I’m a consumer, and I buy things I don’t need. I spent my twenties accumulating because without doing so, I’d be sitting on cardboard boxes rather than furniture today. In my thirties, I was a new parent, and with kids comes more “necessary” equipment. Then the stuff took over. Now I’m in my forties, and I want less in my life.
Decluttering is a common theme in magazines, blogs, and TV shows and has been for the last decade or more. Watching one episode of Hoarders and you see how lives can be controlled by stuff. Right now my dining room is being held hostage by paperwork that needs to be sorted, filed, or tossed, but everyday there’s more mail. Argh!
Over the years my husband and I have made several sacrifices. Some have paid off. Others, not so much. As much as I dream of being a great gardener and feeding my family with fresh, organic produce, my poor body just doesn’t do digging and weeding.
But we’ve managed to live with only one car for the last sixteen years, and are happy to live without cable TV. We do have Internet, however. I won’t live without that. Same thing with Netflix, ereaders, computers, phones, and iPads. Those possessions all save me a ton of time while taking up minimal space.
I try to buy less than I used to, and I’m now very conscious of the packaging that ends up in a landfill somewhere. Now that we’re slowly going through our possessions, I’m passing some on to new homes so they can have a new life.
But it’s not enough. I’m still swallowed by that pile of paper on my table. I’m overwhelmed by the storage areas in my house. Why am I keeping fifty cardboard boxes? Do I really need the box my iPad came in? Could I use it for something else?
Since paring down is a slow process that overwhelms me, I’ve decided to live out my utopian vision through the fictional commune at Kaleidoscope Gardens instead. The men and women in my Naked Organics series conserve and reuse everything. That iPad box of mine might end up be filled with art supplies or a tools. It has a sturdy handle, after all. When it’s no longer useful, it could be shredded and composted, turned back into soil to feed the plants that eventually feed the people who live there.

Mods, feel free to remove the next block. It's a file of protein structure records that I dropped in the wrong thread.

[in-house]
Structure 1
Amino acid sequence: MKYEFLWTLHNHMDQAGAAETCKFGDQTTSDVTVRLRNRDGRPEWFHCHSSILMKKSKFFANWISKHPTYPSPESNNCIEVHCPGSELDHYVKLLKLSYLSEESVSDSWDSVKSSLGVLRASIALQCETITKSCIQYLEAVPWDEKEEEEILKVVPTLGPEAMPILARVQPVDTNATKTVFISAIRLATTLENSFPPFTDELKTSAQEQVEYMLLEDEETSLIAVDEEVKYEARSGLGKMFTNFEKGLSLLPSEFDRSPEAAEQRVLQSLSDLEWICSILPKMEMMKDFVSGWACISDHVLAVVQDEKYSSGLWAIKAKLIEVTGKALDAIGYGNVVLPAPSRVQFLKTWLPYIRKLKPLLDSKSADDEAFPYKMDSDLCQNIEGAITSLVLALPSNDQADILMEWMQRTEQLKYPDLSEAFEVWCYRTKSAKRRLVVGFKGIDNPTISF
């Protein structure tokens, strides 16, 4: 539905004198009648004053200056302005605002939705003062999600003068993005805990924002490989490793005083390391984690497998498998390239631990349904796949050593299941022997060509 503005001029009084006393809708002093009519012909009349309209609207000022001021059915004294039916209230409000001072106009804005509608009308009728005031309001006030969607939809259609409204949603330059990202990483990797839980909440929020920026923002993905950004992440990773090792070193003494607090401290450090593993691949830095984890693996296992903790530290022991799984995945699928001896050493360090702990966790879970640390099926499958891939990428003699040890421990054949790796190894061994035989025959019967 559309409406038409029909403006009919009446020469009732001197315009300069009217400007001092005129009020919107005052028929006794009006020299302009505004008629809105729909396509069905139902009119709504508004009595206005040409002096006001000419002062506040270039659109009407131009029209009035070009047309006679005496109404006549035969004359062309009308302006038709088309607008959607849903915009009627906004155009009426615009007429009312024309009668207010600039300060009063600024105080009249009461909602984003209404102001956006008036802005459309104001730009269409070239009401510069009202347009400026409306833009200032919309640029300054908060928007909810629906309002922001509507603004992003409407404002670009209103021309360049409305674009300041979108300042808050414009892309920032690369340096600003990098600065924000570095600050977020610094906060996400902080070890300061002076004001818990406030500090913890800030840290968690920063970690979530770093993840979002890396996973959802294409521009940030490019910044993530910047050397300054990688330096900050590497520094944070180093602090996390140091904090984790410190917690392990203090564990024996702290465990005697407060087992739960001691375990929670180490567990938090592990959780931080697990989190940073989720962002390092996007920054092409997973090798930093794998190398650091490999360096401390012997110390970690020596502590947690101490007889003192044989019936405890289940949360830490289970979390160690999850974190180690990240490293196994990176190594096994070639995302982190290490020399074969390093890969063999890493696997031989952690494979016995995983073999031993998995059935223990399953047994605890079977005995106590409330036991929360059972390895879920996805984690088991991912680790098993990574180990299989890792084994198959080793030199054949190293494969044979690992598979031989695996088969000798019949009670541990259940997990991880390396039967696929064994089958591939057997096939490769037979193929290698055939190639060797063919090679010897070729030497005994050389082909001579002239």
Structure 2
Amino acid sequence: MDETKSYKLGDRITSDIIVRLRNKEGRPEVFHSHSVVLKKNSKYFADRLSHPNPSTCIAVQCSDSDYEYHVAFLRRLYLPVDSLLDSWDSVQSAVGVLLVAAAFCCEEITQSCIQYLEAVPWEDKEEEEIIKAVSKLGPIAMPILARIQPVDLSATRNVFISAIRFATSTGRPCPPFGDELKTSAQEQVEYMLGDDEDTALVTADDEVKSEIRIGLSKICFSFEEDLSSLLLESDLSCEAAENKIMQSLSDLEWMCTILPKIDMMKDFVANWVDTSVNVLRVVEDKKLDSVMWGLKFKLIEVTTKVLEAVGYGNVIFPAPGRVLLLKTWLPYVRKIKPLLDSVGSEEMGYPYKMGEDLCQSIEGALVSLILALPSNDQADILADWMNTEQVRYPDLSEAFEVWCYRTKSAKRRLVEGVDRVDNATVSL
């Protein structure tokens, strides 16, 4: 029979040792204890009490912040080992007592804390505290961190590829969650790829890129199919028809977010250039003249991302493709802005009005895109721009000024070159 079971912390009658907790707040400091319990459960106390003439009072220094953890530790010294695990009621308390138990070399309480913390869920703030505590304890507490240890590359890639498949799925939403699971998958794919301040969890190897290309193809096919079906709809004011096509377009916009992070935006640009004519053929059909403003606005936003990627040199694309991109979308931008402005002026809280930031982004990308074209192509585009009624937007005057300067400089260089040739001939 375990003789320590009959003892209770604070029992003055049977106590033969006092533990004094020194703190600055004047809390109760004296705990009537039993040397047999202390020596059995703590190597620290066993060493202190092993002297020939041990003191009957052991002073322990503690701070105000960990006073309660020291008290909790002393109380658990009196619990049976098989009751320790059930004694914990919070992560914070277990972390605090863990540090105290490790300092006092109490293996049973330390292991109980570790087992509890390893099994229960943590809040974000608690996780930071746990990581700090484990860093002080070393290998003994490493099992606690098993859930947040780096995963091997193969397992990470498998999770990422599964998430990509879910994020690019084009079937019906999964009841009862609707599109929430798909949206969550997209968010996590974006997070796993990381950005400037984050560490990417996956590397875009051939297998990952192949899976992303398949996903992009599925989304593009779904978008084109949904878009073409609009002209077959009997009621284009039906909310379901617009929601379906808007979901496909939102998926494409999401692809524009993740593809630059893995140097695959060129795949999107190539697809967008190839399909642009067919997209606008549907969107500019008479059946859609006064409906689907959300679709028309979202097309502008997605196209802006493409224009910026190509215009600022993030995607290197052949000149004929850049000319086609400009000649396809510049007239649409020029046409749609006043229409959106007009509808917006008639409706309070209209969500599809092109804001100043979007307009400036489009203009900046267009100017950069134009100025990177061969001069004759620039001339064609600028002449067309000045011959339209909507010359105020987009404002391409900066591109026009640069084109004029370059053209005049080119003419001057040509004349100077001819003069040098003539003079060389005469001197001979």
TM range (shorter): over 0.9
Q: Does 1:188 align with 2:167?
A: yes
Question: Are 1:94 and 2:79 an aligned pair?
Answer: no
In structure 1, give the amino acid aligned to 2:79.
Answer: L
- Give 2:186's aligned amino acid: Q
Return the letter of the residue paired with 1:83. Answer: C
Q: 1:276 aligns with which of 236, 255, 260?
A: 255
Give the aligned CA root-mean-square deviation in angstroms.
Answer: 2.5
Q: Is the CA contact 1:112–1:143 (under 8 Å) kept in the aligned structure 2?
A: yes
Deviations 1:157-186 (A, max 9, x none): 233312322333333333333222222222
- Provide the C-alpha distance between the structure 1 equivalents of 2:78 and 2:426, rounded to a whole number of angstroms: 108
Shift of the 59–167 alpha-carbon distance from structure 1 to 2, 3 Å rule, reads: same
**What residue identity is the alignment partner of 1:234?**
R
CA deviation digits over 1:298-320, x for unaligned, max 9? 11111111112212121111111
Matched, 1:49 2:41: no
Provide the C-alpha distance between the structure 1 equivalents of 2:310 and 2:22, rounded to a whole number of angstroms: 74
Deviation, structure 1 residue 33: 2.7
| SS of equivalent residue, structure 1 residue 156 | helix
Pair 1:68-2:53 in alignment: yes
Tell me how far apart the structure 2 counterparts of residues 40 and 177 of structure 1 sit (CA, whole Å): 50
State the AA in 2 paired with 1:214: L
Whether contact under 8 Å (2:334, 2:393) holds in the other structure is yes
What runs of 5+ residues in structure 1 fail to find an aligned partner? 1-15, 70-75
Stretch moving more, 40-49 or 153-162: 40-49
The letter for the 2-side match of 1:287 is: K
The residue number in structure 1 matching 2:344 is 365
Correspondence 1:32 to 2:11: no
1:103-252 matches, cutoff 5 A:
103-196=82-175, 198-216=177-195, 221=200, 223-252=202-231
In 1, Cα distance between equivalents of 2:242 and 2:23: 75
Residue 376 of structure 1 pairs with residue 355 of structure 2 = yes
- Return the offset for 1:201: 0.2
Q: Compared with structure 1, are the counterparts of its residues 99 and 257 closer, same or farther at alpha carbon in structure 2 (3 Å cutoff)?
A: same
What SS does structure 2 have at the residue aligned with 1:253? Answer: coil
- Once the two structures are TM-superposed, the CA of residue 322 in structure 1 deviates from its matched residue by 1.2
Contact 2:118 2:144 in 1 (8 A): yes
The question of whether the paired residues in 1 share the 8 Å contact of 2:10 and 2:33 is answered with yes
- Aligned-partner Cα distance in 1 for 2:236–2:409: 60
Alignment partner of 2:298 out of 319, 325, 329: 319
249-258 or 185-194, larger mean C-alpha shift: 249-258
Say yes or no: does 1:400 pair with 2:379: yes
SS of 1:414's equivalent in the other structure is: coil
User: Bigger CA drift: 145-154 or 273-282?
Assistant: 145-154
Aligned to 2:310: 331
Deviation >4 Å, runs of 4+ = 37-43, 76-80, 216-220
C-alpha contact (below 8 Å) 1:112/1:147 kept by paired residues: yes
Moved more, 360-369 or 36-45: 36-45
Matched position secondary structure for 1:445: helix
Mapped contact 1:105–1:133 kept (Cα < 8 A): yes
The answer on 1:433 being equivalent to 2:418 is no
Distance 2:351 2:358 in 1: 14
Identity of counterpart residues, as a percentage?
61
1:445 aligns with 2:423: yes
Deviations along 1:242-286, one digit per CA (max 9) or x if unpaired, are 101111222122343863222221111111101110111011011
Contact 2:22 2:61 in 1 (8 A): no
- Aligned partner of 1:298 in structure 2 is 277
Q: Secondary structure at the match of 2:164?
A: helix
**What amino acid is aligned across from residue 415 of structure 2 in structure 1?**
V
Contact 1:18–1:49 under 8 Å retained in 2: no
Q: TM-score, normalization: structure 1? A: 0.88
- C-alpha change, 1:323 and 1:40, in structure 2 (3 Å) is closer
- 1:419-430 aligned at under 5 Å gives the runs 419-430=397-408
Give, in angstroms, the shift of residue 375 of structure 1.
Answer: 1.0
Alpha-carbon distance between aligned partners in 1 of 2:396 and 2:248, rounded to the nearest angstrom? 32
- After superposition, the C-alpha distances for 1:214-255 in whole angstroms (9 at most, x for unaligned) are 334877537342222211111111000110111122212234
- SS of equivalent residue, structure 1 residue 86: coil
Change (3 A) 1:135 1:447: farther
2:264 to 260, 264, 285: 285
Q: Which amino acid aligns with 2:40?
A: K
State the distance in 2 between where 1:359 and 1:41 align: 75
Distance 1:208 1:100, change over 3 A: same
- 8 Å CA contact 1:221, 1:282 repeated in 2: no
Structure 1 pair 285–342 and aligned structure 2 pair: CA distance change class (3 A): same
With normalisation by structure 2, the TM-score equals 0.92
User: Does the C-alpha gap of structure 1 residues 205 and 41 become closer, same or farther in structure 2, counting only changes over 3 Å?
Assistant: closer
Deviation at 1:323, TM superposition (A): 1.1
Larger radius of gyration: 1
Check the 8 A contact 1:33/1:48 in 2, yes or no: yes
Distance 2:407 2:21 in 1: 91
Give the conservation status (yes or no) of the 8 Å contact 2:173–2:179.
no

When writing Farm Fresh, my research turned up fascinating tidbits. It’s made me even more aware of what I’m bringing into my home, ways I can reuse it, and rekindled my fascination with composting that I gave up after becoming a mom. I might get a compost pile started again, and I’m certainly going to be getting rid of more stuff. I’d rather spend my time living rather than sorting.
Who knew fictional characters living off the land could inspire me so? 😉
Jude Garrity visits the farmers market every Saturday. As an environmental engineering student, he’s curious about living off the grid and sustainable agriculture.
And one particular farmer.
Hudson Oliva has worked hard to support his commune, where queer people live without fear of harm or retribution. When Jude asks pointed questions about living there, Hudson realizes he needs to be honest about his home. Few people know what the farm is actually about, but Jude is insistent.
Jude moves to Kaleidoscope Gardens, however his sexual hang-ups make it hard to adjust. He’s an uptight virgin living among people who have sex freely and with multiple partners. When Jude finally loosens up, Hudson is flooded with emotions. Falling for Jude wasn’t part of Hudson’s life plan. But when vindictive rumors about the commune begin to spread, love might be all he has left.
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